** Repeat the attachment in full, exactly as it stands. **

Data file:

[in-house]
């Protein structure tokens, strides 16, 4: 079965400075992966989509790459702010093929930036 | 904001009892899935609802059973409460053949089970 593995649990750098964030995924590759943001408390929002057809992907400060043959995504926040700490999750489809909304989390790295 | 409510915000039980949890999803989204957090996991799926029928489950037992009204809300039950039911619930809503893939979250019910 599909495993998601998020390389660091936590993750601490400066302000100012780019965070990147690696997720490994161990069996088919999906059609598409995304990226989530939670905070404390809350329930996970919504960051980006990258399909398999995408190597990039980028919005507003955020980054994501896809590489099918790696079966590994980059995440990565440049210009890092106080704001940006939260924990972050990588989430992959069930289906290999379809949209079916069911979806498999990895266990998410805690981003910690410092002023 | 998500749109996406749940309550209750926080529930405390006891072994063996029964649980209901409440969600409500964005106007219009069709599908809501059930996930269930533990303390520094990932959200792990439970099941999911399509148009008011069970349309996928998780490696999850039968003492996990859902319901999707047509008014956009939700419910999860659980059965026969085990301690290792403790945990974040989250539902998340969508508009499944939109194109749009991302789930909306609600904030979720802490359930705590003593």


[in-house]
């Protein structure tokens, strides 16, 4: 079965400075992966989509790459702010093929930036 | 904001009892899935609802059973409460053949089970 593995649990750098964030995924590759943001408390929002057809992907400060043959995504926040700490999750489809909304989390790295 | 409510915000039980949890999803989204957090996991799926029928489950037992009204809300039950039911619930809503893939979250019910 599909495993998601998020390389660091936590993750601490400066302000100012780019965070990147690696997720490994161990069996088919999906059609598409995304990226989530939670905070404390809350329930996970919504960051980006990258399909398999995408190597990039980028919005507003955020980054994501896809590489099918790696079966590994980059995440990565440049210009890092106080704001940006939260924990972050990588989430992959069930289906290999379809949209079916069911979806498999990895266990998410805690981003910690410092002023 | 998500749109996406749940309550209750926080529930405390006891072994063996029964649980209901409440969600409500964005106007219009069709599908809501059930996930269930533990303390520094990932959200792990439970099941999911399509148009008011069970349309996928998780490696999850039968003492996990859902319901999707047509008014956009939700419910999860659980059965026969085990301690290792403790945990974040989250539902998340969508508009499944939109194109749009991302789930909306609600904030979720802490359930705590003593």